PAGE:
Last week I was asked a question that I am guessing many Christians wonder about.
Ready? Here goes. . .
Is it wrong for a Christian to be cremated?
Now THAT is a good question!!!!
Opinions on this subject are rampant. . . and S-T-R-O-N-G!!!
I’ve known stout followers of Jesus who have had their loved ones cremated and desire the same for their own body.
I’ve known stout followers of Jesus who have adamantly opposed having themselves or their loved ones cremated.
My own family has even found itself hotly debating this topic. On a former blog, I wrote about it here. Nothing says ‘Christmas with Family’ like cremation at the breakfast table:
“Can you pass the bacon? It looks extra crispy.”
“Speaking of crispy, what do you think about your father and me being burned to smitherines when we die?”
“Never mind – don’t pass the bacon – not hungry.”
Want to get your mom off your back at the next family gathering? Bring up cremation in front of the whole family.
Christians debate it. Non-Christians debate it. Republicans and Democrats debate it like Obamacare. Auburn and Alabama fans debate it like National Championships (Ask an Auburn fan how many National Championships Alabama has. . . then ask an Alabama fan. . . then put them in a room together and ask both of ’em. . . whoah.)
Think about it: it is very difficult not to defend something when your great-great-great-grandmother is now resting in a vase above the fire place next to Aunt Flossie and Uncle Ding-Ding. Bless her heart. At the same time, it is difficult to think about a current loved one (or yourself!) being burned, reduced to ashes.
So, “Is it wrong for a Christian to be cremated?”
The reason – I think – this is such a good question and such a debated topic is simply because the Bible does not give any clear commands one way or another on the issue.
There is no, “Thou shalt not burn and be put in an urn.”
There is no, “Be buried in a very expensive box in a plot you won after fighting over it with a fellow church member.” [Yes, it happens. Go visit a small church sometime that has a graveyard right beside where they eat ‘dinner on the grounds.’ You’ll see.]
So every time you and I talk about something that has no clear directive in Scripture – we need to really be careful in how we express opinions and convictions. To put it another way: It is never wise to make a ‘live or die’ issue (pun intended) out of something where Scripture is silent.
Based on this, I am going to say ‘NO’ it is not wrong for a Christian to be cremated. But I do want to very QUICKLY follow that up to say that it IS wrong for a Christian not to AT LEAST think through some biblical pointers on the issue. Though the Bible gives no clear directives, it does offer some pointers that get us thinking why body burial has been historically a Christian practice.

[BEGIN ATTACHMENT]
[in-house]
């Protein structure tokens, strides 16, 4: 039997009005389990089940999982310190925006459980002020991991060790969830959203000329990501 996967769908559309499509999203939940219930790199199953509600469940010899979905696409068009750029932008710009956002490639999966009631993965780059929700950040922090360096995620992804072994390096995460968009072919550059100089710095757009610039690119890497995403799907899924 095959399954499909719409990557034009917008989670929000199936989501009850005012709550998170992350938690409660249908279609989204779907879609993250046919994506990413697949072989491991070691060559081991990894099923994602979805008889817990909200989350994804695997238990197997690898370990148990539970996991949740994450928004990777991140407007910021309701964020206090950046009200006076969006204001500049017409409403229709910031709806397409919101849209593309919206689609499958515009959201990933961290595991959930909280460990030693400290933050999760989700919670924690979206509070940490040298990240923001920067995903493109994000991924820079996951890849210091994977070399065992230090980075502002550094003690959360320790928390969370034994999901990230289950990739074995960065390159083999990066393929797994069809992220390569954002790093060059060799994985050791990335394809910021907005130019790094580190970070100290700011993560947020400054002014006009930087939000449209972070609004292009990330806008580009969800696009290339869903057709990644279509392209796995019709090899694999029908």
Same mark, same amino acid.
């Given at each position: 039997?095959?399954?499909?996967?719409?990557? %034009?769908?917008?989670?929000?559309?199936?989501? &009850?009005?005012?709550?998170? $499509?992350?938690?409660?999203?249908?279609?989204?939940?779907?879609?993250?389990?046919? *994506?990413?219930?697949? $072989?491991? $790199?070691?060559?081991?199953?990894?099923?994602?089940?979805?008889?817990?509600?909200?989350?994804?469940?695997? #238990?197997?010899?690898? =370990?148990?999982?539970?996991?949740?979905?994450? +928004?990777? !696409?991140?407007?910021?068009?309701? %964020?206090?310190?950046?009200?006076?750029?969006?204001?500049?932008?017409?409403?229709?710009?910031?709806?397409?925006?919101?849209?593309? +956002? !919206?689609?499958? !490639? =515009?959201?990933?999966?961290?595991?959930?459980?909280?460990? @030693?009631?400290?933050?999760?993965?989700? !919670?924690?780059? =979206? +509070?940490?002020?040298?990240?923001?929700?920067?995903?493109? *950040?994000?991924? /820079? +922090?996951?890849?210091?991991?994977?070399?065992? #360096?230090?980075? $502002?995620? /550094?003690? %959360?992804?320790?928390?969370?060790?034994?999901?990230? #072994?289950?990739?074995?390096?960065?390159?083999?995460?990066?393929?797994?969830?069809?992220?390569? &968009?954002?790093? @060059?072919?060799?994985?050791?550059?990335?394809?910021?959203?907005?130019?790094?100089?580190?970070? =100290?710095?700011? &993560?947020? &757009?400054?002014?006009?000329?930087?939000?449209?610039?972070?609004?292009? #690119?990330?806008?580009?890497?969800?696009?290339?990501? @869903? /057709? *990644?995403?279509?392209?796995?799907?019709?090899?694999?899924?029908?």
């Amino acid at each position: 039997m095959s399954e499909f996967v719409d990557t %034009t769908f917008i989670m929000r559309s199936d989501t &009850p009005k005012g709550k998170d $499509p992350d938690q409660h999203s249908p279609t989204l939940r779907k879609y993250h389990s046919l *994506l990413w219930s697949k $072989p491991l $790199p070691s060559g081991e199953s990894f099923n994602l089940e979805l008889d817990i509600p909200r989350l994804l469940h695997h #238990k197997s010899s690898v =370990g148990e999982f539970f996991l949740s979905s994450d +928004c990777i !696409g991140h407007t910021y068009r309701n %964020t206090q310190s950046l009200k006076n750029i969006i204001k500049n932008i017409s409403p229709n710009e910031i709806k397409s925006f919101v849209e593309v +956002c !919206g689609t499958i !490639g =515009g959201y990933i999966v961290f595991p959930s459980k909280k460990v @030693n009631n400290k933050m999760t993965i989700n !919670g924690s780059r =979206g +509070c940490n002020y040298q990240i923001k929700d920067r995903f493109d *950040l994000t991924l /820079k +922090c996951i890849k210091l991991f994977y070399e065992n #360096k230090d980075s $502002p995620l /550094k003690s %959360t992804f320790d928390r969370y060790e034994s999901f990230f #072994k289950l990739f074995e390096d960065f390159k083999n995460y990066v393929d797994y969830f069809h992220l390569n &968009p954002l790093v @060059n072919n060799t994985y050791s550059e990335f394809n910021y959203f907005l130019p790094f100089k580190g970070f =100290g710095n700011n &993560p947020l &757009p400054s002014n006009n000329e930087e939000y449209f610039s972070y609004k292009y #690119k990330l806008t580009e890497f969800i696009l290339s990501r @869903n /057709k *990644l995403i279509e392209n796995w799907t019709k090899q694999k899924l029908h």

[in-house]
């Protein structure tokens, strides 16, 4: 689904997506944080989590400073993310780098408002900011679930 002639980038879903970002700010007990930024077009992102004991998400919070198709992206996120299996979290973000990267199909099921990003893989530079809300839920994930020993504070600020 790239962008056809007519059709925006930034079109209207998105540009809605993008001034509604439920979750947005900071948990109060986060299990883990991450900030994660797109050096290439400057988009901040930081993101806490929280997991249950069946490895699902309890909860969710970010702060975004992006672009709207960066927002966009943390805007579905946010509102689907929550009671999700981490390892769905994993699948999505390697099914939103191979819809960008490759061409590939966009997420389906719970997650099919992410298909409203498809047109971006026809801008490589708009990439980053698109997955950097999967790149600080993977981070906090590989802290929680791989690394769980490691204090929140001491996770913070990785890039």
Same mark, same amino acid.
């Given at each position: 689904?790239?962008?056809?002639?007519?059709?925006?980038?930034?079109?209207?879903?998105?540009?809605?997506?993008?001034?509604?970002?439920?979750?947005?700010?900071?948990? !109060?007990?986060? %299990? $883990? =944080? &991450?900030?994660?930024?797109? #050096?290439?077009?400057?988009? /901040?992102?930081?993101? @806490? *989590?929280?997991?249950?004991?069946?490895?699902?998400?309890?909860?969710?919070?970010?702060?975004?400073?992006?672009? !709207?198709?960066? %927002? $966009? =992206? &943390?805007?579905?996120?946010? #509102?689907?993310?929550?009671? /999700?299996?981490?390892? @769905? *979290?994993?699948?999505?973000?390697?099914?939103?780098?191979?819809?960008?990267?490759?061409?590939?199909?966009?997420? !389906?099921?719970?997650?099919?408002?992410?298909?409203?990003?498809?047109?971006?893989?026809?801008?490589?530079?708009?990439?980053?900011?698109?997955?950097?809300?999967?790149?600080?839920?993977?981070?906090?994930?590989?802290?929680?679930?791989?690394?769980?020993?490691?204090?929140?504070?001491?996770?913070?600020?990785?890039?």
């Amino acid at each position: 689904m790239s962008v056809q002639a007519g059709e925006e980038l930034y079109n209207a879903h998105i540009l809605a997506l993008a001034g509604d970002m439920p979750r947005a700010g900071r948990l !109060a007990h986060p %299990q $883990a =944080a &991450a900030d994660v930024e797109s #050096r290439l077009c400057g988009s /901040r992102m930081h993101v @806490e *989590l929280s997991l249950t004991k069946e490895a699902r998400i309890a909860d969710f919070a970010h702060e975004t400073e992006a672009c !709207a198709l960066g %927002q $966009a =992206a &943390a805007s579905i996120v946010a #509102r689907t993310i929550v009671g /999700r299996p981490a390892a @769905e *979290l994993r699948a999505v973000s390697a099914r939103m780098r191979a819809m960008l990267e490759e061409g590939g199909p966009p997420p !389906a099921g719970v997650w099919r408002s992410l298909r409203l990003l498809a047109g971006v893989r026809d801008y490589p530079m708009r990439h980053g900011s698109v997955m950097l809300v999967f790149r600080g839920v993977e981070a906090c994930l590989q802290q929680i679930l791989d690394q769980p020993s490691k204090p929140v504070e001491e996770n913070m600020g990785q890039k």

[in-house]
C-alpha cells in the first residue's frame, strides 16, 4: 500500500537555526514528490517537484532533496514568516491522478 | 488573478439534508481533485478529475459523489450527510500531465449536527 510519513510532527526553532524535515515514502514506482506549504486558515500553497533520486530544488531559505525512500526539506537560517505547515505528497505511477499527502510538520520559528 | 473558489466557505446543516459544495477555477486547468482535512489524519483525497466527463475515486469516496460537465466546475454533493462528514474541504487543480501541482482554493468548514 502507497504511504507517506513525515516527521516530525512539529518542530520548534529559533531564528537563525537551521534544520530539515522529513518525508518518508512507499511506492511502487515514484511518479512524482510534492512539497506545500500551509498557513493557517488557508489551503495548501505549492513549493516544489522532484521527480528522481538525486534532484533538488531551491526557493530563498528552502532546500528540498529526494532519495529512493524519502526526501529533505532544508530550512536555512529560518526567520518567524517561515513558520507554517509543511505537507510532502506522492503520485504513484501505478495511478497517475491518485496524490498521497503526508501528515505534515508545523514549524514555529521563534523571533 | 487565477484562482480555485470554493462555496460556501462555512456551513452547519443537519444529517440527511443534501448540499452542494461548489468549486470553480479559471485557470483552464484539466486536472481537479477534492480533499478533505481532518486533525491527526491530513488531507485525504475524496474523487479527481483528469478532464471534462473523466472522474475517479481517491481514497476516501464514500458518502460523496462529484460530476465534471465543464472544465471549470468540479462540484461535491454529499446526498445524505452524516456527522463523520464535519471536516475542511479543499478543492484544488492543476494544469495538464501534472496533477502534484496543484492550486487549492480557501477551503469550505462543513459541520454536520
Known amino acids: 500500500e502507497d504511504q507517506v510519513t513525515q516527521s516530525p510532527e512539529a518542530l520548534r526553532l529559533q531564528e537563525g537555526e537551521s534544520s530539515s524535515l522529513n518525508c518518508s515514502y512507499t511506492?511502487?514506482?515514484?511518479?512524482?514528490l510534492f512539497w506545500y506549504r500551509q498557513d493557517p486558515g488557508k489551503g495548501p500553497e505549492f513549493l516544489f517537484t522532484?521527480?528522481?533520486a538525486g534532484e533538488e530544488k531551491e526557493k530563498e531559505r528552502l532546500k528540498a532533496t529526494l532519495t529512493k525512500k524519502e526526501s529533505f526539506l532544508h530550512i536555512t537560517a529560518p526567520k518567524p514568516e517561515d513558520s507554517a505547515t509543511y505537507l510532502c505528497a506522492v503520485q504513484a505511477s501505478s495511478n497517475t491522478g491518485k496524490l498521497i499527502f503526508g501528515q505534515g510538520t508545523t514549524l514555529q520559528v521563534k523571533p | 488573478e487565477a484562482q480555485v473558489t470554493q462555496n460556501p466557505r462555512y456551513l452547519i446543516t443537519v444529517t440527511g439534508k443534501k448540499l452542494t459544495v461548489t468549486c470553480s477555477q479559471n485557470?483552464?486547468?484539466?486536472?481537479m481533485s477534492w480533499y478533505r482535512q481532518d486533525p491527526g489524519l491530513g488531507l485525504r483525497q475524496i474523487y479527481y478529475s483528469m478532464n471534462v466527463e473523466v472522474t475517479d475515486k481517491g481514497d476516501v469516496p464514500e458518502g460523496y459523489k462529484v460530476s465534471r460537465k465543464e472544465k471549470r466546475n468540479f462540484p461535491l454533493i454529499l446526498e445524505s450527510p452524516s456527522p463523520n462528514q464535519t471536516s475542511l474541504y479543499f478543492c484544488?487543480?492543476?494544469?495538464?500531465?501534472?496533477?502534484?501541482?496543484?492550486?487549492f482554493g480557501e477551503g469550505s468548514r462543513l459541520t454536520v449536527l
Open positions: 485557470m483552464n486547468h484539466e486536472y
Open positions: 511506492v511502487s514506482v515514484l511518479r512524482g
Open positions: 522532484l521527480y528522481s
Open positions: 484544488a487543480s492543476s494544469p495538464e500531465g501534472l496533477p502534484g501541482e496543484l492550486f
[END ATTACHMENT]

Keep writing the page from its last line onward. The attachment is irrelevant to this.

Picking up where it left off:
Let me offer you 4 biblical pointers to guide you in your thinking on the subject:
1. ‘Dead’ Christians are really ‘sleeping.’
A ‘dead’ follower of Jesus is, in a sense, just taking a nap. They’ll wake up when called for.
2. Christians deal with death differently.
Jesus people don’t do death like the world does. We are weird. . . and for good reason.
3. A believer’s ‘dead’ body will be reunited and made new.
Can Jesus raise ashes to life and make them back into a body? Yes. He can, and I believe will for many. But notice that, for Paul and the early church, bodily resurrection from the ground was expected.
4. Much like baptism, a Christian’s body burial is symbolic and hope-filled.
Read Romans 6:1-4.
Jesus was buried and placed in a tomb, bodily. God raised Him from the dead, bodily. He was the first fruits of all who would come after Him. Why do we baptize by immersion? To picture this. Why have Christians historically been buried bodily? To picture the Gospel. Russell Moore suggests “that our Christian burial plots preach the same gospel that our Christian pulpits d0.”
Is it wrong for a Christian to be cremated?
1. There is no direct biblical command one way or another on the issue.
2. NO – I do not believe it is wrong/sinful for a Christian to be cremated.
3. At the very least – HOWEVER – Christians need to be biblically informed and seriously think through some of the pointers.
In thinking about the issue, it would be wise to ask yourself:
(a.) Why do I want want to be cremated?
(b.) How does that line up with biblical pointers on burial?
What do you think? What would you add here? What would you remove?
Got any bacon?
[FOR FURTHER READING:Russell Moore has written helpful articles on this subject here, here, and here. There is no way I can even BEGIN to improve on his work. It would serve you well to read all three. However, if you are short on time, read this one first.]